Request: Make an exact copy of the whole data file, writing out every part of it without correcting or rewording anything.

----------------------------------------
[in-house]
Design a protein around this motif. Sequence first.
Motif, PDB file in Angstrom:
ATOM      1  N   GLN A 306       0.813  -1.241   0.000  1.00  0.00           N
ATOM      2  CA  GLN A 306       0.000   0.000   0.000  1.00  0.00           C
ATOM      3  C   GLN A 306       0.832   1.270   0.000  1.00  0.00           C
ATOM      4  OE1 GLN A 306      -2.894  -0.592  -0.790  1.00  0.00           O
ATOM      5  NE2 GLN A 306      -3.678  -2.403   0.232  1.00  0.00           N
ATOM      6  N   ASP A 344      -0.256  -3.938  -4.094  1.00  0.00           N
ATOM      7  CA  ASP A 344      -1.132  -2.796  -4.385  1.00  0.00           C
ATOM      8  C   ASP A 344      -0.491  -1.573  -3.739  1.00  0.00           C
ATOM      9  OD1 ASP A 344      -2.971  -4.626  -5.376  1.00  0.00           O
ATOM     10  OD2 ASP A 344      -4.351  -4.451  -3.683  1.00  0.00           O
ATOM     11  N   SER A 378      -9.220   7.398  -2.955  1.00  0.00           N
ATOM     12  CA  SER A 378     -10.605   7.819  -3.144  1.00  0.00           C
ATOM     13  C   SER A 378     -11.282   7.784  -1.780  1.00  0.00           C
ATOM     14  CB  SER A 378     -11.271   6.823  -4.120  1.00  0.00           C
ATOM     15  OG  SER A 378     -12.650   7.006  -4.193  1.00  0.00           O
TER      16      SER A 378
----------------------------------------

[in-house]
Design a protein around this motif. Sequence first.
Motif, PDB file in Angstrom:
ATOM      1  N   GLN A 306       0.813  -1.241   0.000  1.00  0.00           N
ATOM      2  CA  GLN A 306       0.000   0.000   0.000  1.00  0.00           C
ATOM      3  C   GLN A 306       0.832   1.270   0.000  1.00  0.00           C
ATOM      4  OE1 GLN A 306      -2.894  -0.592  -0.790  1.00  0.00           O
ATOM      5  NE2 GLN A 306      -3.678  -2.403   0.232  1.00  0.00           N
ATOM      6  N   ASP A 344      -0.256  -3.938  -4.094  1.00  0.00           N
ATOM      7  CA  ASP A 344      -1.132  -2.796  -4.385  1.00  0.00           C
ATOM      8  C   ASP A 344      -0.491  -1.573  -3.739  1.00  0.00           C
ATOM      9  OD1 ASP A 344      -2.971  -4.626  -5.376  1.00  0.00           O
ATOM     10  OD2 ASP A 344      -4.351  -4.451  -3.683  1.00  0.00           O
ATOM     11  N   SER A 378      -9.220   7.398  -2.955  1.00  0.00           N
ATOM     12  CA  SER A 378     -10.605   7.819  -3.144  1.00  0.00           C
ATOM     13  C   SER A 378     -11.282   7.784  -1.780  1.00  0.00           C
ATOM     14  CB  SER A 378     -11.271   6.823  -4.120  1.00  0.00           C
ATOM     15  OG  SER A 378     -12.650   7.006  -4.193  1.00  0.00           O
TER      16      SER A 378